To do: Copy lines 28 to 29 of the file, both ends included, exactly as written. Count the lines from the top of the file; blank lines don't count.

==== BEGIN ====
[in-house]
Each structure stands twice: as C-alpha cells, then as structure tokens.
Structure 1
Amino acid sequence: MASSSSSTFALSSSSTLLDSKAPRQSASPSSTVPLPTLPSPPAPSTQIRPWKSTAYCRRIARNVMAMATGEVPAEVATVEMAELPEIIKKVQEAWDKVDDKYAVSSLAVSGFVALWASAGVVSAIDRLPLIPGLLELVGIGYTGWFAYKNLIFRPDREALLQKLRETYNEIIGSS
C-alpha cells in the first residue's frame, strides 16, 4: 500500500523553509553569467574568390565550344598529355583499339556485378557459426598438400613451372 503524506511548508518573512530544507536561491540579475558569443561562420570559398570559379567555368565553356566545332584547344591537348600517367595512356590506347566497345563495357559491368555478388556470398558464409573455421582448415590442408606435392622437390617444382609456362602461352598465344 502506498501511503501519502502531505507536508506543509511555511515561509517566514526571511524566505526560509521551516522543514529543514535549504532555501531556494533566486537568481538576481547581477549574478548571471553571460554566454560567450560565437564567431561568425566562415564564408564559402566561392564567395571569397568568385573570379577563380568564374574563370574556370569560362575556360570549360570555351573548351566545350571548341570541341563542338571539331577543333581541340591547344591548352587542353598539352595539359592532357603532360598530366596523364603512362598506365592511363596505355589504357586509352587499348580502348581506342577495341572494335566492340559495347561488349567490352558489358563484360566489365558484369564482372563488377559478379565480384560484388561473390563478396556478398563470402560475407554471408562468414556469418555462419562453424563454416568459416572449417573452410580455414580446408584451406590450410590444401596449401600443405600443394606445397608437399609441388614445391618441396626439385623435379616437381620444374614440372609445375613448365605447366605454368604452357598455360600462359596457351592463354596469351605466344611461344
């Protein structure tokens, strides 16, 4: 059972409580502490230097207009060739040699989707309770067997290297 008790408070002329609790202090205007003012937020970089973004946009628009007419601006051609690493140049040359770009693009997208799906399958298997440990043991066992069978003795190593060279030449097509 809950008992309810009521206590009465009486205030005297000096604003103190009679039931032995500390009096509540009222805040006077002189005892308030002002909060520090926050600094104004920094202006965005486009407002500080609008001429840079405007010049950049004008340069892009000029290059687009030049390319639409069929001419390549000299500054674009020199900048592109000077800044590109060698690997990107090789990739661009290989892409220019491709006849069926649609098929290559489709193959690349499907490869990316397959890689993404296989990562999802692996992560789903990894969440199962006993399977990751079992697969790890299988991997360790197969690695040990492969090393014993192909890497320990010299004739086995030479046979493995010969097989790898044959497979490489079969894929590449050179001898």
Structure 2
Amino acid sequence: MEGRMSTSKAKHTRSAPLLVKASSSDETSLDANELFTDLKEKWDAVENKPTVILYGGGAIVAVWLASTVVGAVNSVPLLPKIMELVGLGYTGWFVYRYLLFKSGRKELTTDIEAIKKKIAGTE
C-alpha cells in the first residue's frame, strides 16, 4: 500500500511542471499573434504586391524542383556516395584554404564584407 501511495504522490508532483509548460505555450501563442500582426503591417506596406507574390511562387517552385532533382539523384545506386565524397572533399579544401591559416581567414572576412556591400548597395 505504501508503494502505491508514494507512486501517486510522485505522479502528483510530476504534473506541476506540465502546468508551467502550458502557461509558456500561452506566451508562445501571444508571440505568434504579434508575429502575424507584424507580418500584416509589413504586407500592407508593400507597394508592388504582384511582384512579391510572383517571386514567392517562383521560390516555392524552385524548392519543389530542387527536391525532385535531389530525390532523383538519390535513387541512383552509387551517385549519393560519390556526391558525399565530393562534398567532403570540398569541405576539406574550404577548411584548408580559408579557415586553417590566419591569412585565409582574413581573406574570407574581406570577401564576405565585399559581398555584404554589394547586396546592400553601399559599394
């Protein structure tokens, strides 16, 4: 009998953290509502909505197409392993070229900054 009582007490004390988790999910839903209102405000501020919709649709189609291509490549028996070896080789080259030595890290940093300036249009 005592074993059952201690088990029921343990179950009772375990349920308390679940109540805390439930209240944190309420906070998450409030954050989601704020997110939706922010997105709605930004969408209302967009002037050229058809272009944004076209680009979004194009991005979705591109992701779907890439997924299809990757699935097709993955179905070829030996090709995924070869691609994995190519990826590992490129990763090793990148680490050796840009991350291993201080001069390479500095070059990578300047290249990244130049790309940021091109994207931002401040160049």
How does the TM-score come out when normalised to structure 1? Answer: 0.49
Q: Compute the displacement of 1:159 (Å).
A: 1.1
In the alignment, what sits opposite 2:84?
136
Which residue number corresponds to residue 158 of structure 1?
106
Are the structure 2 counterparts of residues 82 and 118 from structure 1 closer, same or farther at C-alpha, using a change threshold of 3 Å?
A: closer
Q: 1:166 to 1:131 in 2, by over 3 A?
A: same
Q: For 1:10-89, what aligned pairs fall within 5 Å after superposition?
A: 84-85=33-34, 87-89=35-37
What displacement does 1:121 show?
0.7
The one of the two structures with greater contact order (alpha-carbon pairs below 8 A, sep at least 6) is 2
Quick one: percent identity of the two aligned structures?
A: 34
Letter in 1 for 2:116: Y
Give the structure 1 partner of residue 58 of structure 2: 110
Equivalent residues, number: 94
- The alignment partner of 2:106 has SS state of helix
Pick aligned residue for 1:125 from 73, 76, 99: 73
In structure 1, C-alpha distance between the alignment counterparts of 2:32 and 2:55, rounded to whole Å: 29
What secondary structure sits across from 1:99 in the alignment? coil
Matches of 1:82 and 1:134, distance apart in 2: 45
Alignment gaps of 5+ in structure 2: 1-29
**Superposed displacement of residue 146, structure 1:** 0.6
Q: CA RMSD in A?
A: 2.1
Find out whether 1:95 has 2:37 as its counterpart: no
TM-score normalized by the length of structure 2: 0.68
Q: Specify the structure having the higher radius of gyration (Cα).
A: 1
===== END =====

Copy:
A: 34
Letter in 1 for 2:116: Y